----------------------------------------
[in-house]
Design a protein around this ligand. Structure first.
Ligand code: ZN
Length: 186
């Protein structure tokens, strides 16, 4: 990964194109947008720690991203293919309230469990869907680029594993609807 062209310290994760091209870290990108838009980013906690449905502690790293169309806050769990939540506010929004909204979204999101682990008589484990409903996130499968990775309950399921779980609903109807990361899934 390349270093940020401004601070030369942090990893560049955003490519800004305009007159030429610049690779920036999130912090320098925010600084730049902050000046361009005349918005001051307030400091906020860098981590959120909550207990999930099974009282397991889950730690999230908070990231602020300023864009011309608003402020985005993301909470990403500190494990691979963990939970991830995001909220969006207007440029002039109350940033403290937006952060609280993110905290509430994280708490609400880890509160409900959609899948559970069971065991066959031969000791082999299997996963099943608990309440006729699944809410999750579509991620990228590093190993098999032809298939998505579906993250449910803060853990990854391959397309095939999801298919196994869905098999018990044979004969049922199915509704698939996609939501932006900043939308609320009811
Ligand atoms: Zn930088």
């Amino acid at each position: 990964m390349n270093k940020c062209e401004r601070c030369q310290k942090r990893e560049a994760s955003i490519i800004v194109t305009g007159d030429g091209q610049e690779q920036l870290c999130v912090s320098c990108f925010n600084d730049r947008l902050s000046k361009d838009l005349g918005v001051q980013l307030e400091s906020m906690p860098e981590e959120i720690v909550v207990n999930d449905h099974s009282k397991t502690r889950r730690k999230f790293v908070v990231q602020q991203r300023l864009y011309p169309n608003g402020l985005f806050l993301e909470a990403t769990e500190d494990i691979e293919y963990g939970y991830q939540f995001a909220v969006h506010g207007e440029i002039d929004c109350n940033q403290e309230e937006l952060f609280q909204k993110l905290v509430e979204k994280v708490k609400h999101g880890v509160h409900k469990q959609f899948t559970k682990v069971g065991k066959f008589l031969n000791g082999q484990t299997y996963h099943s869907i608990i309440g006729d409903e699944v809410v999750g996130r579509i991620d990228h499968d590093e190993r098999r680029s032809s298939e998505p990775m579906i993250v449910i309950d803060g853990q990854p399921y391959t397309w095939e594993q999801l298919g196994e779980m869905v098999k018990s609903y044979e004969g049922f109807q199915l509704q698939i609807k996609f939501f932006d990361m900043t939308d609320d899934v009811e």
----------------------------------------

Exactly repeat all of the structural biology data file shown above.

[in-house]
Design a protein around this ligand. Structure first.
Ligand code: ZN
Length: 186
């Protein structure tokens, strides 16, 4: 990964194109947008720690991203293919309230469990869907680029594993609807 062209310290994760091209870290990108838009980013906690449905502690790293169309806050769990939540506010929004909204979204999101682990008589484990409903996130499968990775309950399921779980609903109807990361899934 390349270093940020401004601070030369942090990893560049955003490519800004305009007159030429610049690779920036999130912090320098925010600084730049902050000046361009005349918005001051307030400091906020860098981590959120909550207990999930099974009282397991889950730690999230908070990231602020300023864009011309608003402020985005993301909470990403500190494990691979963990939970991830995001909220969006207007440029002039109350940033403290937006952060609280993110905290509430994280708490609400880890509160409900959609899948559970069971065991066959031969000791082999299997996963099943608990309440006729699944809410999750579509991620990228590093190993098999032809298939998505579906993250449910803060853990990854391959397309095939999801298919196994869905098999018990044979004969049922199915509704698939996609939501932006900043939308609320009811
Ligand atoms: Zn930088």
């Amino acid at each position: 990964m390349n270093k940020c062209e401004r601070c030369q310290k942090r990893e560049a994760s955003i490519i800004v194109t305009g007159d030429g091209q610049e690779q920036l870290c999130v912090s320098c990108f925010n600084d730049r947008l902050s000046k361009d838009l005349g918005v001051q980013l307030e400091s906020m906690p860098e981590e959120i720690v909550v207990n999930d449905h099974s009282k397991t502690r889950r730690k999230f790293v908070v990231q602020q991203r300023l864009y011309p169309n608003g402020l985005f806050l993301e909470a990403t769990e500190d494990i691979e293919y963990g939970y991830q939540f995001a909220v969006h506010g207007e440029i002039d929004c109350n940033q403290e309230e937006l952060f609280q909204k993110l905290v509430e979204k994280v708490k609400h999101g880890v509160h409900k469990q959609f899948t559970k682990v069971g065991k066959f008589l031969n000791g082999q484990t299997y996963h099943s869907i608990i309440g006729d409903e699944v809410v999750g996130r579509i991620d990228h499968d590093e190993r098999r680029s032809s298939e998505p990775m579906i993250v449910i309950d803060g853990q990854p399921y391959t397309w095939e594993q999801l298919g196994e779980m869905v098999k018990s609903y044979e004969g049922f109807q199915l509704q698939i609807k996609f939501f932006d990361m900043t939308d609320d899934v009811e």